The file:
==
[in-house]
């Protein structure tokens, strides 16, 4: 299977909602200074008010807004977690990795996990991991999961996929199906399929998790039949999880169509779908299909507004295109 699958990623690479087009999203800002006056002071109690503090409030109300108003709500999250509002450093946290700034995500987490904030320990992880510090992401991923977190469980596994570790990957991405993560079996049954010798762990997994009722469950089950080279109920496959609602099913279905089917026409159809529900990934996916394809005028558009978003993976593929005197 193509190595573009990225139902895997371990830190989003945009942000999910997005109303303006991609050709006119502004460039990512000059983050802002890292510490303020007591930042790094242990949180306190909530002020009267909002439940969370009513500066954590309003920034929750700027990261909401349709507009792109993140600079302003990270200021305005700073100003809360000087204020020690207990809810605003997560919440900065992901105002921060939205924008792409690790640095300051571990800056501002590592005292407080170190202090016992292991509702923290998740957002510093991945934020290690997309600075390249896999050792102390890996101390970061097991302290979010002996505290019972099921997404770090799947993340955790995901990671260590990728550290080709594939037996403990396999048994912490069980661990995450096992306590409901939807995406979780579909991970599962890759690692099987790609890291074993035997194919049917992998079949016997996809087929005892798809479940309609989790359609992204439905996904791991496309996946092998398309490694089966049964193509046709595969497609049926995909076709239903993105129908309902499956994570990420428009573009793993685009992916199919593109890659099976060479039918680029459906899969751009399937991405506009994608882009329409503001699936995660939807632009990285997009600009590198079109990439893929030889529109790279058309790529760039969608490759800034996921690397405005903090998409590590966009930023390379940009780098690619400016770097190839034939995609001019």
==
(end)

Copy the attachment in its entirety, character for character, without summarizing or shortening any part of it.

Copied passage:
[in-house]
């Protein structure tokens, strides 16, 4: 299977909602200074008010807004977690990795996990991991999961996929199906399929998790039949999880169509779908299909507004295109 699958990623690479087009999203800002006056002071109690503090409030109300108003709500999250509002450093946290700034995500987490904030320990992880510090992401991923977190469980596994570790990957991405993560079996049954010798762990997994009722469950089950080279109920496959609602099913279905089917026409159809529900990934996916394809005028558009978003993976593929005197 193509190595573009990225139902895997371990830190989003945009942000999910997005109303303006991609050709006119502004460039990512000059983050802002890292510490303020007591930042790094242990949180306190909530002020009267909002439940969370009513500066954590309003920034929750700027990261909401349709507009792109993140600079302003990270200021305005700073100003809360000087204020020690207990809810605003997560919440900065992901105002921060939205924008792409690790640095300051571990800056501002590592005292407080170190202090016992292991509702923290998740957002510093991945934020290690997309600075390249896999050792102390890996101390970061097991302290979010002996505290019972099921997404770090799947993340955790995901990671260590990728550290080709594939037996403990396999048994912490069980661990995450096992306590409901939807995406979780579909991970599962890759690692099987790609890291074993035997194919049917992998079949016997996809087929005892798809479940309609989790359609992204439905996904791991496309996946092998398309490694089966049964193509046709595969497609049926995909076709239903993105129908309902499956994570990420428009573009793993685009992916199919593109890659099976060479039918680029459906899969751009399937991405506009994608882009329409503001699936995660939807632009990285997009600009590198079109990439893929030889529109790279058309790529760039969608490759800034996921690397405005903090998409590590966009930023390379940009780098690619400016770097190839034939995609001019």